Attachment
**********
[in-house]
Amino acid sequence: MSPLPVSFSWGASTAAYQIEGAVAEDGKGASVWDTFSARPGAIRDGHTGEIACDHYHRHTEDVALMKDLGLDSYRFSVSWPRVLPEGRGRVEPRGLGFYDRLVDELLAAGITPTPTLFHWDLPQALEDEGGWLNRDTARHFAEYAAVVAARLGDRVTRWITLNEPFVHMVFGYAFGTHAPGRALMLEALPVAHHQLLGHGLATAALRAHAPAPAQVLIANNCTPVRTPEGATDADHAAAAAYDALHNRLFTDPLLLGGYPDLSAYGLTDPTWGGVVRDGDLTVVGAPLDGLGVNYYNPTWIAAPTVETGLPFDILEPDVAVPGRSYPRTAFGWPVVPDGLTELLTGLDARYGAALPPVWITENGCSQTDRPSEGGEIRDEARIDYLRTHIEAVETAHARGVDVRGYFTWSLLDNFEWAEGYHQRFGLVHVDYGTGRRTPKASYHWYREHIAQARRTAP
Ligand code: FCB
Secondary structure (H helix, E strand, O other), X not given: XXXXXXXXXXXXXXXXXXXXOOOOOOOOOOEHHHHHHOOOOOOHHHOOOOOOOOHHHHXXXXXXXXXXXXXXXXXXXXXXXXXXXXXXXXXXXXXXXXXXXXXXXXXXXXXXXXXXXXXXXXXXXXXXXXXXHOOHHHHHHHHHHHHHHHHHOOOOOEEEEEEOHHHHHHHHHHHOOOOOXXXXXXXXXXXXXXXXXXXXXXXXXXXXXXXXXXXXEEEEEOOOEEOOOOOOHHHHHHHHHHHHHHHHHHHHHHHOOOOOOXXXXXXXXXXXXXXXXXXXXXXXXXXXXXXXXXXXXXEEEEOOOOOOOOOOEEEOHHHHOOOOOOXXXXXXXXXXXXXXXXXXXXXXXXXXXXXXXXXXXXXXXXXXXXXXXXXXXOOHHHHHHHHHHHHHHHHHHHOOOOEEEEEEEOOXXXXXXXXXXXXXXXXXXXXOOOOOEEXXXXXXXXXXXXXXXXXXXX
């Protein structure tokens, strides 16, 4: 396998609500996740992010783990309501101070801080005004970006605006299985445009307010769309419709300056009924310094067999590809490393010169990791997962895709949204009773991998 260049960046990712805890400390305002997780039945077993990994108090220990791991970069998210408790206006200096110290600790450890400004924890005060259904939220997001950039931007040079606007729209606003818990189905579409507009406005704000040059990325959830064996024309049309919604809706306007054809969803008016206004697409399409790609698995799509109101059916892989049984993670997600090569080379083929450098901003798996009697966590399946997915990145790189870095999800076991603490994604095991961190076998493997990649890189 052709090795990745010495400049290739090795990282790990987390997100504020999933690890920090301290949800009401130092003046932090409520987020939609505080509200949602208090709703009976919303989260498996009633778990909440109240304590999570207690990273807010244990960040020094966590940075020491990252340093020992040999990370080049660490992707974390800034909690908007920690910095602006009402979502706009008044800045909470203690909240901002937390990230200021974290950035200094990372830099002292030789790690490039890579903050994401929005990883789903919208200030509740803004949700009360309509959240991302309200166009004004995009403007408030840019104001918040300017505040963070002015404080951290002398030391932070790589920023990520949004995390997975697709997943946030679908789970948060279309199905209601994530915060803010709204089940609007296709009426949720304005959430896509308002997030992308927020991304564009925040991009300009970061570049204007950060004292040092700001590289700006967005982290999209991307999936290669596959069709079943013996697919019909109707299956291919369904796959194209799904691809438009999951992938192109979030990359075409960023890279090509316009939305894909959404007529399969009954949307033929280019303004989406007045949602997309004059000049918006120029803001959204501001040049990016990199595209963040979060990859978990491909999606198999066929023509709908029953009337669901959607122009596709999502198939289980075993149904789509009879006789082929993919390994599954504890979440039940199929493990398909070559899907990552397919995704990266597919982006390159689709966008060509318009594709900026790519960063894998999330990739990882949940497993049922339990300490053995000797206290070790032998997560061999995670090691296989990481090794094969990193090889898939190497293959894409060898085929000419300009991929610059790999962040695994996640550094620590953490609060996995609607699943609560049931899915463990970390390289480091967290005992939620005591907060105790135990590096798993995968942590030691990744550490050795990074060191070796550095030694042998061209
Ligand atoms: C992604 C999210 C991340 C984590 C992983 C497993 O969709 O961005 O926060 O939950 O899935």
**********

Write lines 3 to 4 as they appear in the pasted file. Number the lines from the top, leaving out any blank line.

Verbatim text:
Ligand code: FCB
Secondary structure (H helix, E strand, O other), X not given: XXXXXXXXXXXXXXXXXXXXOOOOOOOOOOEHHHHHHOOOOOOHHHOOOOOOOOHHHHXXXXXXXXXXXXXXXXXXXXXXXXXXXXXXXXXXXXXXXXXXXXXXXXXXXXXXXXXXXXXXXXXXXXXXXXXXHOOHHHHHHHHHHHHHHHHHOOOOOEEEEEEOHHHHHHHHHHHOOOOOXXXXXXXXXXXXXXXXXXXXXXXXXXXXXXXXXXXXEEEEEOOOEEOOOOOOHHHHHHHHHHHHHHHHHHHHHHHOOOOOOXXXXXXXXXXXXXXXXXXXXXXXXXXXXXXXXXXXXXEEEEOOOOOOOOOOEEEOHHHHOOOOOOXXXXXXXXXXXXXXXXXXXXXXXXXXXXXXXXXXXXXXXXXXXXXXXXXXXOOHHHHHHHHHHHHHHHHHHHOOOOEEEEEEEOOXXXXXXXXXXXXXXXXXXXXOOOOOEEXXXXXXXXXXXXXXXXXXXX